Now you can choose where to go, north or south. There is an excellent riddle that comes to mind: You arrive at a fork in the road. Twin sisters are standing there. Lost, you ask them for directions. “One of us always lies and the other always tells the truth. You can only ask us one question each, but it has to be the same question.” What do you ask them to find your way? Sorry (the answer is at the end).

Your choice here is of much less moment, north or south are both fantastic rides. I would recommend you look around. Where are the tall buildings at? If you are looking out at the lake, and they are far away to your right (south), riding towards them offers what I think is the most startlingly beautiful view of the Chicago skyline. However, if you go left (north), you’ll find far fewer crowds and lots of cool parks with the occasional tai chi practitioner and a quiet beach or three. If you are closer to the big buildings, heading right (south) will bring you past Navy Pier, a big somewhat cheesy place featuring a Ferris wheel and stuff of that sort. Resist its touristy siren song. You’re better than that. Continuing south will bring you past the new, improbably modern architecture of Soldier Field, and the monolithic black steel and glass behemoth that is McCormick Place. Farther south is The South Side, which is humongous and about which I know little. Sticking to the trail, however, you are in little danger. Of which we cannot speak we must remain silent.

One stop that I would fervently advocate making would be the chess pavilion by North Avenue Beach (1600 N.). Finding this location or any other on the path is made easier by the addresses painted on the path itself every couple blocks. If you have the remotest interest in chess or psychopathology, you should really check this out. The structure itself is a large metal awning shaped like an open clamshell that covers some 20 or so chessboards that are wrought into upraised concrete slabs that serve as benches and tables. During the summer, there are always throngs of spectators and players, some of whom are very good, and some of whom will put their money where their mouth is. This way lies penury unless you, too, are very good (1800+ USCF). You’ll find homeless savants, Russian émigrés, loudmouthed Filipino impresarios, and smarmy businessmen getting robbed blind. Most of the games are speed chess, and the click, click, click of the clocks being punched is cacophonous. If you are female, the environs might also feature an unwanted aside or two about your beauty. It’s generally good-natured and usually subsides shortly, so don’t let this dissuade you from checking it out. A few players play for play, so have yourself a game. It’s probably the coolest place to play chess I’ve ever been, and it’s literally 20 feet from the lake which sprawls out as far as you can see.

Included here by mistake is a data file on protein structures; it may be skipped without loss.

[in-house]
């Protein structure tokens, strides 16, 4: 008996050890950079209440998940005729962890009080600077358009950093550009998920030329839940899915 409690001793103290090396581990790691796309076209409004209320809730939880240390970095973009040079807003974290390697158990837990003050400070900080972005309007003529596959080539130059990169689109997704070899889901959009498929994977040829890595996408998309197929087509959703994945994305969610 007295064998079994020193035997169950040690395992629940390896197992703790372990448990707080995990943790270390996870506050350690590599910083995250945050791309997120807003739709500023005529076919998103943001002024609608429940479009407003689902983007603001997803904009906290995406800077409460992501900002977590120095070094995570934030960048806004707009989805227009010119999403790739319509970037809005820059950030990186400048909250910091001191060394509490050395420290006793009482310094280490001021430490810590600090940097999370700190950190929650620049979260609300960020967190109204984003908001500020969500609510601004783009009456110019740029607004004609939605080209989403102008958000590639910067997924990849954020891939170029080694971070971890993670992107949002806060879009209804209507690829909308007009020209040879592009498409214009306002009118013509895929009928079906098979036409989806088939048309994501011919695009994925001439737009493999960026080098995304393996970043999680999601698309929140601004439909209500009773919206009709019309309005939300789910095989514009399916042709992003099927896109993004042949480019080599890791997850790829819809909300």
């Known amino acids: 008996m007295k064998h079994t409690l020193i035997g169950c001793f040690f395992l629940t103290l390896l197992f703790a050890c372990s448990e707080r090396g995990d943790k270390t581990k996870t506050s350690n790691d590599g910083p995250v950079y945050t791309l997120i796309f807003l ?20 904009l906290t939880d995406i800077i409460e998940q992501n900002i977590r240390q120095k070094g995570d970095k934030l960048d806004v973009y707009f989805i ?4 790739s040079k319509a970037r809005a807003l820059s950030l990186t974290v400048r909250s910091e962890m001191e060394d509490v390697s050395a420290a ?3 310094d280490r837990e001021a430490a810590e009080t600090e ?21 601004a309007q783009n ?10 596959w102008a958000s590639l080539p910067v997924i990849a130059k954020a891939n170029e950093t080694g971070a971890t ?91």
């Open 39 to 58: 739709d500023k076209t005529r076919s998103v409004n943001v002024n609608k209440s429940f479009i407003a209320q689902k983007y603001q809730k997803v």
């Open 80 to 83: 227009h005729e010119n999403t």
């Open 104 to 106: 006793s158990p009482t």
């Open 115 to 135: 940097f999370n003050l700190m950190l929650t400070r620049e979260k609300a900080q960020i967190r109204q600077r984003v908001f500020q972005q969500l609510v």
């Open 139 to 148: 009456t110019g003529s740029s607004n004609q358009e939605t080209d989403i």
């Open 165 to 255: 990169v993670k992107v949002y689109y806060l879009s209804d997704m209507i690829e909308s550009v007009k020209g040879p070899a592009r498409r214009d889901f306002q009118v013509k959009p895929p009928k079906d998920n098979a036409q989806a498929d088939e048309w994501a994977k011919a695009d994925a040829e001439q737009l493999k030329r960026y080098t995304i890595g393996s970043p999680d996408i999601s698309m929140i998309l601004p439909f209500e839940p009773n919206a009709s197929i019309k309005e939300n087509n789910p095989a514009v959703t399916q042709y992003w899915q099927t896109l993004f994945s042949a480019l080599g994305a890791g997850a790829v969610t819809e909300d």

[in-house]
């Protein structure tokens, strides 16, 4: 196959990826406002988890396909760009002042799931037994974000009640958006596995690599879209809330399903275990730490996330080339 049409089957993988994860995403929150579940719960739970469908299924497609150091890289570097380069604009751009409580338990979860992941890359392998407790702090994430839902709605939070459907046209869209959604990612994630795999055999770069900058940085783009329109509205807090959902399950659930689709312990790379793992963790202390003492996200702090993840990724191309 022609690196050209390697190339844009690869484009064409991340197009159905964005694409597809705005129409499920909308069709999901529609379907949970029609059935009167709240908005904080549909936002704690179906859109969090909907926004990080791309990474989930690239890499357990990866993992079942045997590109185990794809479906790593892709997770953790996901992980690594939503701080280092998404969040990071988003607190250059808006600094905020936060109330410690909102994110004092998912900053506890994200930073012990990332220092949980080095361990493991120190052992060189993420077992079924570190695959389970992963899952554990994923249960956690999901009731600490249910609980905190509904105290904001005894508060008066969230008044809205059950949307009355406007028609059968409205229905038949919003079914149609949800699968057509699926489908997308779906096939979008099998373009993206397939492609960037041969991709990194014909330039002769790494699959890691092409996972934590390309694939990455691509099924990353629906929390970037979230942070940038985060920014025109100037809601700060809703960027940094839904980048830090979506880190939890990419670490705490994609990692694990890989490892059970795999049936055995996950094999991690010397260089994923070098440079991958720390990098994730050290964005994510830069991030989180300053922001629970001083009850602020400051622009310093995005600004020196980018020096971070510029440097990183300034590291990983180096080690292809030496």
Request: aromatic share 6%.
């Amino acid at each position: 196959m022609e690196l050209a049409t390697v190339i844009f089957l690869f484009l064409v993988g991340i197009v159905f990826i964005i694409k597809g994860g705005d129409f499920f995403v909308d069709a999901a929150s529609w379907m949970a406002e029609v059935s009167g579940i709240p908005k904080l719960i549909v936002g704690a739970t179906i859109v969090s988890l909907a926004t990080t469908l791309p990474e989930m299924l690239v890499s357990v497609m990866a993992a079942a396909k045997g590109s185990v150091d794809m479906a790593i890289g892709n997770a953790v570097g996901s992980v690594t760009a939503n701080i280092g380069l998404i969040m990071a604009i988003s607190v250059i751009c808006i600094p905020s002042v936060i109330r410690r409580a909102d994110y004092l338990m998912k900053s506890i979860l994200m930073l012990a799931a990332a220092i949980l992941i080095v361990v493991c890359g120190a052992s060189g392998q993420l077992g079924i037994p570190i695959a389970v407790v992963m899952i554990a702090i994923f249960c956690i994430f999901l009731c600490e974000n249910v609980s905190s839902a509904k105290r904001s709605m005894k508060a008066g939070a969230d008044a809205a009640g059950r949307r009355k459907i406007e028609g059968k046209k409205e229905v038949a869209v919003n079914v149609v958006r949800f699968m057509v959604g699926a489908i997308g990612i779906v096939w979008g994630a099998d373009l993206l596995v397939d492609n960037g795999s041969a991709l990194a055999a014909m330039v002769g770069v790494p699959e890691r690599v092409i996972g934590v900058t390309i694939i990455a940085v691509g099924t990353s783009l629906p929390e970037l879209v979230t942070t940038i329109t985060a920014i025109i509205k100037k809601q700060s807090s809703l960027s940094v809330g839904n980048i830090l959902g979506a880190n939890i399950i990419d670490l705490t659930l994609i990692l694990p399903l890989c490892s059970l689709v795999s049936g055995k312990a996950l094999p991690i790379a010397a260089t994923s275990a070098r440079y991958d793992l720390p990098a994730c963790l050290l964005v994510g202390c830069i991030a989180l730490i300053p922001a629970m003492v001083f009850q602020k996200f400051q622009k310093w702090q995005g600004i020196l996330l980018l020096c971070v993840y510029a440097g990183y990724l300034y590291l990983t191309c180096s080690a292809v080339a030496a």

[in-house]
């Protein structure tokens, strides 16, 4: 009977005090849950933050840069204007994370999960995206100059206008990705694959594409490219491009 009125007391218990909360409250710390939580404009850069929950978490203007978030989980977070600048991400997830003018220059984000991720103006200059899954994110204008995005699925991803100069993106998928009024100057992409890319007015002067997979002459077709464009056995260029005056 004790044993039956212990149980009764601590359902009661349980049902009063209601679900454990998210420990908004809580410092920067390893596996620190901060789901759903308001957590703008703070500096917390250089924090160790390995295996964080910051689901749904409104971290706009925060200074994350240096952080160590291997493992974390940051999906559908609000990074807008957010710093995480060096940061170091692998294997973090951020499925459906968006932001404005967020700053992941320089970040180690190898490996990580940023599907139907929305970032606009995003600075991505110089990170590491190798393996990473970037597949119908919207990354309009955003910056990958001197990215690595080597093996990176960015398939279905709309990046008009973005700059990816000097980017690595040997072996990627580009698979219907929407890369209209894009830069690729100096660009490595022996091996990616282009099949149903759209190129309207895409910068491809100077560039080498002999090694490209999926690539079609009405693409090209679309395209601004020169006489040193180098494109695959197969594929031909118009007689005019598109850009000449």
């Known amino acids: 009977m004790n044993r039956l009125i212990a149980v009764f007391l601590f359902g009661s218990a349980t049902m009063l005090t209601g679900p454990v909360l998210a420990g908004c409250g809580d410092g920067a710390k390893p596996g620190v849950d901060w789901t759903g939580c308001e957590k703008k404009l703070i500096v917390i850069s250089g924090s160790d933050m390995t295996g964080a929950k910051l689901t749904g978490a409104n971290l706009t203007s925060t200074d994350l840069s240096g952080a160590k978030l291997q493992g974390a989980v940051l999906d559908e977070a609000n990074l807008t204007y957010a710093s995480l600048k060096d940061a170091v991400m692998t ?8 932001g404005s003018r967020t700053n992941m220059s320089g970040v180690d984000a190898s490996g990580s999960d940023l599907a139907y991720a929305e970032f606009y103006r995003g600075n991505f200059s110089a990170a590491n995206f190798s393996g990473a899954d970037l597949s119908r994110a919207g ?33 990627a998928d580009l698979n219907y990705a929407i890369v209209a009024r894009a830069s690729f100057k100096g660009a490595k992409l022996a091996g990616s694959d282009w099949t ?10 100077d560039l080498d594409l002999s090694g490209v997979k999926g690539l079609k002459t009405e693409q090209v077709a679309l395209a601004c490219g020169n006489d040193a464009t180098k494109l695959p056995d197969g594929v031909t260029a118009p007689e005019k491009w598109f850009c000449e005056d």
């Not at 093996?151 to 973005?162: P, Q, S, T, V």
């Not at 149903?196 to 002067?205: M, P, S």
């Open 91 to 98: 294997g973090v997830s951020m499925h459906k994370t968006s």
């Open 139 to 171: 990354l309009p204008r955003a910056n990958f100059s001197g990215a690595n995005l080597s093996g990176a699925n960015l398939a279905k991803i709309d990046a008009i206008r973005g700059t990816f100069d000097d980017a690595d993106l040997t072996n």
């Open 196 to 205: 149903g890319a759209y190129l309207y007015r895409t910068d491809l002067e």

Hopefully you remember from where you set forth upon this journey and you can navigate your way back. I hope that after this trip you are uninjured, juiced with endorphins and Vitamin D from the sunlight and exercise, and edified by the mad beauty of Chicago. After a few hours of riding, nothing surpasses a few cold beers and some grilled meat with compatriots. Don’t worry, your computer and television will be waiting for you with open arms on your return.

If you don’t want to know the answer to the riddle, please don’t read further.

The answer to the riddle

Ask them this question: “Which way would your sister tell me to go?”

I've learned these things since returning to the city that raised me from her suburbs.

Chicago is a museum of architecture. The downtown area is an arena where different styles of building conspire, one against the other. It is also a breeding ground, the quintessential postmodern landscape.
Of the myriad beautiful views, I must say that it is from the corner of Ohio and LaSalle that one can most clearly get a picture of why the city is beautiful. Facing toward the John Hancock Building, one sees residential and office skyscrapers crawling, centipedelike, up the sky. Hancock looks haughtily down upon them in the distance, grand even to these giants with the alien enormity of the Sears Tower looming out of view.
Right across the street is the new MacDonald's, big and artsy and sophisticated in a way that such a banal establishment does not deserve. The Rainforest Cafe as well as the Hard Rock Cafe are well within walking distance. Whimsical buildings add perspective, lessen the gray hardness of the massive skyscrapers behind.
Behind you are old buildings, short and stocky and sweaty with history. Their storefronts have changed dozens of times even since I've been alive. Old dogs, new tricks.

The Tao te Ching says that the Tao is like a river. It sustains all without trying and lays in riverbeds, places where no other would find comfort.
I say that today the train is like the Tao. It moves without concern, upon a track that is covered with piss and rat shit and electricity. It brings anybody, rich or poor, black or white, to wherever they need to go.

Speaking of the train, there are two ways to transfer at no cost from the Blue Line to the Red Line; one is on Washington and one on Jackson.
The Jackson Street transfer is much more modern. It's more brightly lit and better tiled and high tech.
It smells, however, just as much like urine and vomit as the Washington transfer.

Chicago is here because the stockyards would hire anyone. Immigrants running from this war or that who needed employment could work in the massive compound that existed only to kill. It took little basic ability to smash a cow's skull with a hammer.
Because of this the vicious Chicago winter is endured by blacks, Hispanics and Asians, cultures who have been ill-prepared by history. But they stay, they endure.
Now, Chicago had a major hand in the development of jazz and blues and can take nearly sole responsibility for house music.
Culture was developed in Chicago while people in San Diego were on the beach. Culture developed because it was something you could do indoors.